Multi-Disciplinary Egyptology: 3D scanning Akhenaton

Multi-Disciplinary Egyptology: 3D scanning Akhenaton
In this example of scanning an artefact currently held in Museum August Kestner in Hanover (Germany), a variety of different techniques were used to create a non-platform specific 3D model of a composite head of a statue of Late Dynasty 18 King Akhenaton (Amenhotep IV).
A lower-resolution Artec scanner was used to reproduce the bust in real dimensions, this model was then used to scale other scans. Photogrammetry captured high-resolution images of the bust, which were stitched together by Formwerk3D.
RTI, or Reflectance Transformation Imaging, was used to capture the details of the surface. This method uses a stationary camera in front of the object and passing a bright light pass over the object, to illuminating every part of the bust which is then captured by the single camera.
Composite statues
Composite statues are made from different parts, sometimes in different materials such as timber, metal or faience, then assembled. In this example you can clearly see that the so called 'Blue' crown (also known as the war crown or Khepresh) is a separate piece which was originally attached to the head of the king using a mortise and tenon joint. You can also clearly see the slot used to attach a cobra or ureaus to the front of the crown (now missing).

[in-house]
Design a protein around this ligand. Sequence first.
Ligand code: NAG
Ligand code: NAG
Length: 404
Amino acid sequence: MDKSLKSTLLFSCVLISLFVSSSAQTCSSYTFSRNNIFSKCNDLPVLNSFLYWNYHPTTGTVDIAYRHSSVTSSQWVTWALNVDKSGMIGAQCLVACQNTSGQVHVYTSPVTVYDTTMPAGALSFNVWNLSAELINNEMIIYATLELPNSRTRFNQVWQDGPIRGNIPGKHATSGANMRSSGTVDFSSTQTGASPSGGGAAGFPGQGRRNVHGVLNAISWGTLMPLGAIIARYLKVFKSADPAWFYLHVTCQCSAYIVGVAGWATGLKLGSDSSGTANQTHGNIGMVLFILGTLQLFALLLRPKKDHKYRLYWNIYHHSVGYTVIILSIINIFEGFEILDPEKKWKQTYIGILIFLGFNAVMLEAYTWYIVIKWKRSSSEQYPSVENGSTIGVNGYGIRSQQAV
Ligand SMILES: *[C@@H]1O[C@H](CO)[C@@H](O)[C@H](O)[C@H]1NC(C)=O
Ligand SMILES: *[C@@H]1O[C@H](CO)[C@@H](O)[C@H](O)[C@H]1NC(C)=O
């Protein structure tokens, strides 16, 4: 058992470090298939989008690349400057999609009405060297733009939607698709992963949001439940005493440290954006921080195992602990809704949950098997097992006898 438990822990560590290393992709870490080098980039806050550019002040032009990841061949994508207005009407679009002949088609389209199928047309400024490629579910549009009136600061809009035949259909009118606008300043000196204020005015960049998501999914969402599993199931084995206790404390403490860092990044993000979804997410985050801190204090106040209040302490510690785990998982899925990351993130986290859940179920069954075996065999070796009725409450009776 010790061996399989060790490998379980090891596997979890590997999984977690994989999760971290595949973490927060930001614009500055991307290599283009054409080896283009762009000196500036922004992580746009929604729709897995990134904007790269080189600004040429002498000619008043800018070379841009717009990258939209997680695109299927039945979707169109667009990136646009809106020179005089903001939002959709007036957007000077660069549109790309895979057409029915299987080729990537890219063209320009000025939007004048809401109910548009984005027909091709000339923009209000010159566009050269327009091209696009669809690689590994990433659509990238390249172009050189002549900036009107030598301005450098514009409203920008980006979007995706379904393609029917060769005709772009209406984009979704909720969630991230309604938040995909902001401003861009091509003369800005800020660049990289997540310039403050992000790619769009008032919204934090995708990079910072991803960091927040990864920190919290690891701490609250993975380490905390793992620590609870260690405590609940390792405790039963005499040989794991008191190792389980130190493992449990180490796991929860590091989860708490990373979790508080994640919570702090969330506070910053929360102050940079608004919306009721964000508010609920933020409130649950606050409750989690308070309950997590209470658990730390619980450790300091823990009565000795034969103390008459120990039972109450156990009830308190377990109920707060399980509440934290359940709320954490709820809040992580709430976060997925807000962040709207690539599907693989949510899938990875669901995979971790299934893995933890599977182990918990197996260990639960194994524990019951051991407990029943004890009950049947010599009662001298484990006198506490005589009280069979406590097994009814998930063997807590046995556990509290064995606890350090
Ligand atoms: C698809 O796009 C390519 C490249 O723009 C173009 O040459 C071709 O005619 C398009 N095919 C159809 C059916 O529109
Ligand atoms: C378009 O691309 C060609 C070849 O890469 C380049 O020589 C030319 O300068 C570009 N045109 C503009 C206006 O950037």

In the finished scan you can still see faint traces of paint on the ancient surface.
As more museums scan their collections, the ability for scholars world-wide to study them in greater detail increases, and provides opportunities which would not otherwise exist, such as allowing us to see views of the object not normally widely published. (If you want to spot the Egyptologist or archaeologist in your favourite museum, they are probably the one peering at the item from the side or back of the cabinet!) In the model shown here, the opportunity exists to view the object in its component pieces to understand construction methods like the joint detail and the materials used.


Post a Comment

To maintain the quality of discussion, please keep comments and questions on topic.